diets.jpgA recent study published in the February 26, 2009, issue of The New England Journal of Medicine looked at four common diets and found that weight loss was pretty much the same: two years, average loss 9 pounds.

“’What matters most is your level of motivation and your willingness to change,’ said Kelly D. Brownell, psychologist and director of the Rudd Center for Food Policy and Obesity at Yale.” (New York Times, July 4, 2009, “For a Frugal Dieter, Weight Loss on a Sliding Scale.”)

If you are a bit short in the motivation department, here is a sliding dollar scale to help you buy a bit of pump priming in the habit-changing department:

– $0 Do it yourself: eat less, exercise more

– $ Buy a guide book: $20 or so gets you “The Best Life Diet” or “The Step Diet” or “The Volumetric Weight Control Plan” or “The South Beach Diet”

– $$ Try a formal group (Weight Watchers or Jenny Crag provide support, education, and peer pressure)

– $$$ Enroll in a hospital program

Make no mistake: If you want to lose weight AND keep it off, you MUST CHANGE YOUR LIFE-LONG EATING HABITS. If you don’t permanently change the way you eat, if you do not make a fundamental shift in your relationship with food, with how you approach eating, odds are you will regain any weight you have lost on a diet.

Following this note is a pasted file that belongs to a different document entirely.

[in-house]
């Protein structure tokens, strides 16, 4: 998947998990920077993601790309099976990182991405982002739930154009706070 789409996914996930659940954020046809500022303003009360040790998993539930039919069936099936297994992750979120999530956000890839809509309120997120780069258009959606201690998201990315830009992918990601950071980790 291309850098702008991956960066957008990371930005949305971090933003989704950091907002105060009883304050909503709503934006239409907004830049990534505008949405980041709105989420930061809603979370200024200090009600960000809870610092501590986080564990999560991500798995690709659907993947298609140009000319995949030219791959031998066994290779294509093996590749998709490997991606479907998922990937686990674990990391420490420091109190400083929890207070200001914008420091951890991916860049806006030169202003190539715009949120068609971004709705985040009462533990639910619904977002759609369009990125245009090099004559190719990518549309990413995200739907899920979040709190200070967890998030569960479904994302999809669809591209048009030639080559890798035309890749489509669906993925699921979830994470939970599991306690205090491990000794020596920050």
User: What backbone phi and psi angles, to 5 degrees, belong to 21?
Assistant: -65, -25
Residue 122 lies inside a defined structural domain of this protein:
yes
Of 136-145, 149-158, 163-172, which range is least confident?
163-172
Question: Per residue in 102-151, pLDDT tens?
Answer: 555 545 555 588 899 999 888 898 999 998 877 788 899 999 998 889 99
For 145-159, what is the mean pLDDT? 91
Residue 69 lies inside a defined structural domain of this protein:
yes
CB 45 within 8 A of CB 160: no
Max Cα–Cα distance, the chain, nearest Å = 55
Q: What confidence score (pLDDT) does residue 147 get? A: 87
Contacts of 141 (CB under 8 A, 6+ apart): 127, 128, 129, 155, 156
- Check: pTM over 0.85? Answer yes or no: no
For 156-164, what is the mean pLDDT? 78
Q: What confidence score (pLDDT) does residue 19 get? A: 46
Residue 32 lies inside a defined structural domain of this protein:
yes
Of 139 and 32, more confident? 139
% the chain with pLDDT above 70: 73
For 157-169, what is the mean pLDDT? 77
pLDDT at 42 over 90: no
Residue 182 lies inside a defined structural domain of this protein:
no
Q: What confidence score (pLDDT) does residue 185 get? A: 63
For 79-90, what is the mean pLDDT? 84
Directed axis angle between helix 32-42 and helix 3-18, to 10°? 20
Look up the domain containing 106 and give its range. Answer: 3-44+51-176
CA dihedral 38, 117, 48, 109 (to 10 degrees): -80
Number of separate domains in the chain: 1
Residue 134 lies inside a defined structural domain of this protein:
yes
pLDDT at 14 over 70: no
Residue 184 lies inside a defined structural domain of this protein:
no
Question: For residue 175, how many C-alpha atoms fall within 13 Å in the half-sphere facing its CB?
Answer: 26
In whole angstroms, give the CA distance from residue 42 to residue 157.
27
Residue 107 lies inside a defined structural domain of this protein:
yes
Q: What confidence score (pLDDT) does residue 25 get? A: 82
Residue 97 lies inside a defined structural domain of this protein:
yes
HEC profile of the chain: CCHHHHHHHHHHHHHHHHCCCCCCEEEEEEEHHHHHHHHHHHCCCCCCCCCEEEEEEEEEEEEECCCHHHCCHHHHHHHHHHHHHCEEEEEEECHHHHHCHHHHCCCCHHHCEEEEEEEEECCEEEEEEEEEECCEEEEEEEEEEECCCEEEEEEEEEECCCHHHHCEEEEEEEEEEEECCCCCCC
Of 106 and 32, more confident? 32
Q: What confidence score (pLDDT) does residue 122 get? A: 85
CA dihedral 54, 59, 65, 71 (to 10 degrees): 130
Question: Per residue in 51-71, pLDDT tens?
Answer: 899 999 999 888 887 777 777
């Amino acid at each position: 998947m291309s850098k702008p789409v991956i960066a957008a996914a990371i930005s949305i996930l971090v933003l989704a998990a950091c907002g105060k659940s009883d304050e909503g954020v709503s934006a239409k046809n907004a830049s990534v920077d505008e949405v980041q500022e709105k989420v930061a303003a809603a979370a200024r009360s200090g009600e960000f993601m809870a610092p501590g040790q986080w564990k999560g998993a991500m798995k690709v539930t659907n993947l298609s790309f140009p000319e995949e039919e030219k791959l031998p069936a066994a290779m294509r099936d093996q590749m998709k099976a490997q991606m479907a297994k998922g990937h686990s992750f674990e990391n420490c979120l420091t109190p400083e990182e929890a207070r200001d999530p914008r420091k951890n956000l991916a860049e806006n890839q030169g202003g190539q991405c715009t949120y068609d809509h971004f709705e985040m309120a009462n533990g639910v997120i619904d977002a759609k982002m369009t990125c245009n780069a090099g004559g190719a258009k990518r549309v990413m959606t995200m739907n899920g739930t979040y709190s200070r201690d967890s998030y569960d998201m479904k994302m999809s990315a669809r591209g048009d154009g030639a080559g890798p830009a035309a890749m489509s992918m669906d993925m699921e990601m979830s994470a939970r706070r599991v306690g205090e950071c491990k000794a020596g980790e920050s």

A diet can help you lose weight, it is a foundational change in your eating habits that keeps the weight off. And if you really, really want to keep the weight off (and live a long, healthy life) you will find a fun, interesting way to exercise 30 to 45 minutes, three to five times a week.

Three principles of change:

– Motivation matters most. “Where there is a will, there is a way.”

– The willingness to go outside yourself, to ask for help, to find the push you need to move forward. So go find support, find a source for the emotional will to team up with your mental will, an antidote for “the spirit is willing but the flesh is weak” syndrome. You are not alone!

– The realization that true change requires a life-long commitment.

These three principles apply pretty much across the board to anything new you wish to create in your life. When you are ready to create that change, remember the importance of finding a way to tap into a strong source of continuing motivation.

The quotation, “So easy when I want to, so hard when I don’t,” is true. The “smart key” is first to find a way to create and sustain a “want to.” Do that and you’ve made a huge step toward your goal.